The O Bulletin: Life Lessons the Italian Way
We’re a little past the halfway point of 2021. That goal, or New Year’s resolution you made back in January, how’s it coming along? What can I do to help you get closer to your objective?
Also, great feedback on Oscar’s contribution last week! May I suggest leaving public comments so the guest contributors can see the comments for themselves? He’s back this Wednesday with the second installment to the blueprint he’s developed. Stay tuned.
Thought of the Week
“The question isn’t who is going to let me; it’s who is going to stop me.”–Ayn Rand
Around the Web
It’s been a while since I’ve read one of these blog entries, but I think they did a great job of laying the Italian smack down.
5 Lessons From My Italian Father on Love, Marriage and Money – Len Penzo dot Com
“I talk about my Italian parents so much that most of my friends think Mamma and Papa are paying their firstborn son to say nice things about them. In fact, I often tell my readers at Scordo.com that if it weren’t for my parents I’d be lost in terms of key, everyday, life lessons (including how to cook, save money, live practically, etc.).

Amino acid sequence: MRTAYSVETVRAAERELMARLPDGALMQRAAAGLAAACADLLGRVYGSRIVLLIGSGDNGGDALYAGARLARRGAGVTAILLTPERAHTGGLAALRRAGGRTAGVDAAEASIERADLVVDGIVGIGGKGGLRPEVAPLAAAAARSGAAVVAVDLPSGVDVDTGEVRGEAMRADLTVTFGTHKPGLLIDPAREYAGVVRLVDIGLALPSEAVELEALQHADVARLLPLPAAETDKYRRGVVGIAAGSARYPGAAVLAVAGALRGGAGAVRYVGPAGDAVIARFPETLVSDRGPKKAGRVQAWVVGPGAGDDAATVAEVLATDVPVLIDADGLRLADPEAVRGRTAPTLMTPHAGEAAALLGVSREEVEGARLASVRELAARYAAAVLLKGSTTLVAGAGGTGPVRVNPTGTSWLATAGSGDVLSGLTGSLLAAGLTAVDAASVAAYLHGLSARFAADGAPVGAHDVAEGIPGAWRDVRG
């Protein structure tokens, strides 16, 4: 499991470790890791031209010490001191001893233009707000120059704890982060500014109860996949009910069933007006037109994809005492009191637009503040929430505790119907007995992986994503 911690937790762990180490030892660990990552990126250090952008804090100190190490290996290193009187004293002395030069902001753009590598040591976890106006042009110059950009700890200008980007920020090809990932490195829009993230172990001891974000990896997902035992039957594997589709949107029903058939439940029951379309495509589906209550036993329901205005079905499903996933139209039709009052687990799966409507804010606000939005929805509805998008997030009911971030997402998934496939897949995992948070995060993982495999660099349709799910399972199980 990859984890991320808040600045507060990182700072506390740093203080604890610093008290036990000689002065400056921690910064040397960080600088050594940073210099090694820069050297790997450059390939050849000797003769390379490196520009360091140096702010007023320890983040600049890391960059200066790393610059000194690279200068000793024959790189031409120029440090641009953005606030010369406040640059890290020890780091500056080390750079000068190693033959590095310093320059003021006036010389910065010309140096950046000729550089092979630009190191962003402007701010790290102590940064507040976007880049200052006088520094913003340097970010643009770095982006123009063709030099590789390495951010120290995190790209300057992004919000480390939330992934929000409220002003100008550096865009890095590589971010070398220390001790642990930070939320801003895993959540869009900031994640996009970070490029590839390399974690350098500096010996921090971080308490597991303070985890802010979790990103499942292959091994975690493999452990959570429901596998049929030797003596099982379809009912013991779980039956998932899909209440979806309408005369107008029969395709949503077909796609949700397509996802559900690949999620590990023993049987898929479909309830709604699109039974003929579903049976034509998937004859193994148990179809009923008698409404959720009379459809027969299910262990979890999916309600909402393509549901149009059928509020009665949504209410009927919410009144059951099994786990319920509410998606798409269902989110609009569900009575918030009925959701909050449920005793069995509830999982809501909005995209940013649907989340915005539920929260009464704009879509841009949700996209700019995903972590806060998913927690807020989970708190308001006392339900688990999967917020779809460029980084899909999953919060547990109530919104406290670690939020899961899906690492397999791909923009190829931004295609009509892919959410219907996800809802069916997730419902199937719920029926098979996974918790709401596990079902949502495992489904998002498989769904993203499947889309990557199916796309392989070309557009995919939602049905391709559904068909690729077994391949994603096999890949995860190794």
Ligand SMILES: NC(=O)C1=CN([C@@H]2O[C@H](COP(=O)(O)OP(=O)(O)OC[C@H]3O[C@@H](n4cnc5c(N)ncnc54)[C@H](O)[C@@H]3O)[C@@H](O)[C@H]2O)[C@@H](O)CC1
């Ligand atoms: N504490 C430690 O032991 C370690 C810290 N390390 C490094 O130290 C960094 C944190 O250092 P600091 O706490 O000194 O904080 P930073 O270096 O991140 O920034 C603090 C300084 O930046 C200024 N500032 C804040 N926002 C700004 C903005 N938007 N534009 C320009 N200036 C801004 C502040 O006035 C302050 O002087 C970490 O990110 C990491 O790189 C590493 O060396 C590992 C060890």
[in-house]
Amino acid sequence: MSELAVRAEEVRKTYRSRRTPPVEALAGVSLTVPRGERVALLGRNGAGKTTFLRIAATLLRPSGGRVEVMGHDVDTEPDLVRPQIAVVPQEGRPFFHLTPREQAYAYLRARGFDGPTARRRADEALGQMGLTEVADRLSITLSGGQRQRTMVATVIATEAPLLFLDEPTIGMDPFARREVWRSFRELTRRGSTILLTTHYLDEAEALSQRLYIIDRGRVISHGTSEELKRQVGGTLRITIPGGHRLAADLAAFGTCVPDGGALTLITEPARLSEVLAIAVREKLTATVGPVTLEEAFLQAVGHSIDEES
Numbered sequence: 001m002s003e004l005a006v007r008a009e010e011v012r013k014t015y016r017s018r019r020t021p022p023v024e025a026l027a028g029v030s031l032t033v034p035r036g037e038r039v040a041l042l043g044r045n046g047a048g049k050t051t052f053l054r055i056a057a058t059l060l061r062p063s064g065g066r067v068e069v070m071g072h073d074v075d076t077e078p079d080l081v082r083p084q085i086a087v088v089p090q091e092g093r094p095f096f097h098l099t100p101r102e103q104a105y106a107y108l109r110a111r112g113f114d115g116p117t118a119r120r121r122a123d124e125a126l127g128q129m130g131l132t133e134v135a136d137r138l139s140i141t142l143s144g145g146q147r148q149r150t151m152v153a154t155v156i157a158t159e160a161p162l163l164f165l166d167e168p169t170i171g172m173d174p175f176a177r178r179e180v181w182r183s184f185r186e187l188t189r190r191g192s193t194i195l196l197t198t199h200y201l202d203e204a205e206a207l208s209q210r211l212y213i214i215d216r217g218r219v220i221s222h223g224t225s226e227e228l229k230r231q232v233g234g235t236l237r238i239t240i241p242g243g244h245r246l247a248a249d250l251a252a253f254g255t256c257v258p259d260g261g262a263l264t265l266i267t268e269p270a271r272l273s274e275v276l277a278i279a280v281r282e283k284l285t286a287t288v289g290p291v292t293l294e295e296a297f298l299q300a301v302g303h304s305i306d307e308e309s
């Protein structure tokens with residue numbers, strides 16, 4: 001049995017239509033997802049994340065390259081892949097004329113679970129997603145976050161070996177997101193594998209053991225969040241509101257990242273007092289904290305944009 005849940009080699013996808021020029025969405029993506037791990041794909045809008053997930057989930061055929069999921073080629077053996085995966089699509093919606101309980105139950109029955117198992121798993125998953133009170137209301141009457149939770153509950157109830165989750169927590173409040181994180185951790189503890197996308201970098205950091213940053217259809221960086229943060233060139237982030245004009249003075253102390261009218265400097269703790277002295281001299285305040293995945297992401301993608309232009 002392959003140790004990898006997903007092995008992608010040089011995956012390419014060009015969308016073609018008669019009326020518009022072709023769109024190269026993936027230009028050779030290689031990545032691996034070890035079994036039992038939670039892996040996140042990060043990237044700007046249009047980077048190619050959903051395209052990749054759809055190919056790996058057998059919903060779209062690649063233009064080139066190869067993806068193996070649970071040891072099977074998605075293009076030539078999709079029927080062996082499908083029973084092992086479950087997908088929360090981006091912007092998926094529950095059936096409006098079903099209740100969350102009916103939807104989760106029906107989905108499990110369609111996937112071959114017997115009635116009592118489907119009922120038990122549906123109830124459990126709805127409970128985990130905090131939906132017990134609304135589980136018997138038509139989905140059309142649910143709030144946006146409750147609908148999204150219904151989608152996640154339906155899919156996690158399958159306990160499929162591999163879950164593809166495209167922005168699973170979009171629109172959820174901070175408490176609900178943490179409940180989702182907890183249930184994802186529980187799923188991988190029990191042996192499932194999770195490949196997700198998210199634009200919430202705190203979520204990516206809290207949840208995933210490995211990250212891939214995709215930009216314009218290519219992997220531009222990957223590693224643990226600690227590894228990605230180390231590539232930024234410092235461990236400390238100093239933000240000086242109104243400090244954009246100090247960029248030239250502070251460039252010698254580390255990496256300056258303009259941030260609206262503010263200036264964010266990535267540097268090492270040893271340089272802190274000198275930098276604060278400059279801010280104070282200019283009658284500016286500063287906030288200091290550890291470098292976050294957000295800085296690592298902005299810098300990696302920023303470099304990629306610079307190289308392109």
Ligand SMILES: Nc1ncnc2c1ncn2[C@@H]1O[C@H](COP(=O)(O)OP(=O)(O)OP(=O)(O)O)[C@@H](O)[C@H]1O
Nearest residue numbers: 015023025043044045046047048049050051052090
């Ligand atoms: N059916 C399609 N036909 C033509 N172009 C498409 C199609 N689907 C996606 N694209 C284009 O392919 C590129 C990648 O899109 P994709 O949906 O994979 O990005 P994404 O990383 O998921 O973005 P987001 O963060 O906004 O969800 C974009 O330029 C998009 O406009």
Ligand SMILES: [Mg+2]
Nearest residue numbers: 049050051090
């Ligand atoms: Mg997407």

“My father, specifically, has aided on the money advice and practical-living side of things, and while only possessing a technical degree from an Italian high school, he’s an expert on saving money, home improvement, negotiating, and, you guessed it, how to lead a successful marriage!” Read more.
This Week’s Tip
From the May 2021 issue of the Consumer Action INSIDER:
“Companies and headhunters are using personality tests in the hiring process more frequently. If you are job hunting, know that laws enforced by the Equal Employment Opportunity Commission (EEOC) prohibit the use of pre-employment screening tests if they are used to discriminate against prospective–and current–employees. Pre-employment testing can violate federal anti-discrimination laws if it purposefully discriminates against or excludes people based only on race, color, sex, national origin, religion, disability, or age (40 or older). “Disparate impact” is what occurs if the test unfairly and negatively impacts protected groups by disproportionately screening them out of a job, particularly if the questions/tasks in the test or procedure are not relevant to the ability to perform the job and the employer cannot prove they are under the law.” Read more.
From the Archives
Have you ever stayed in a relationship out of a sense of familiarity, obligation, or convenience? I’m not talking about your love life. I’m talking about
the bank that is not doing its part to grow your money. Read more.
Until next time!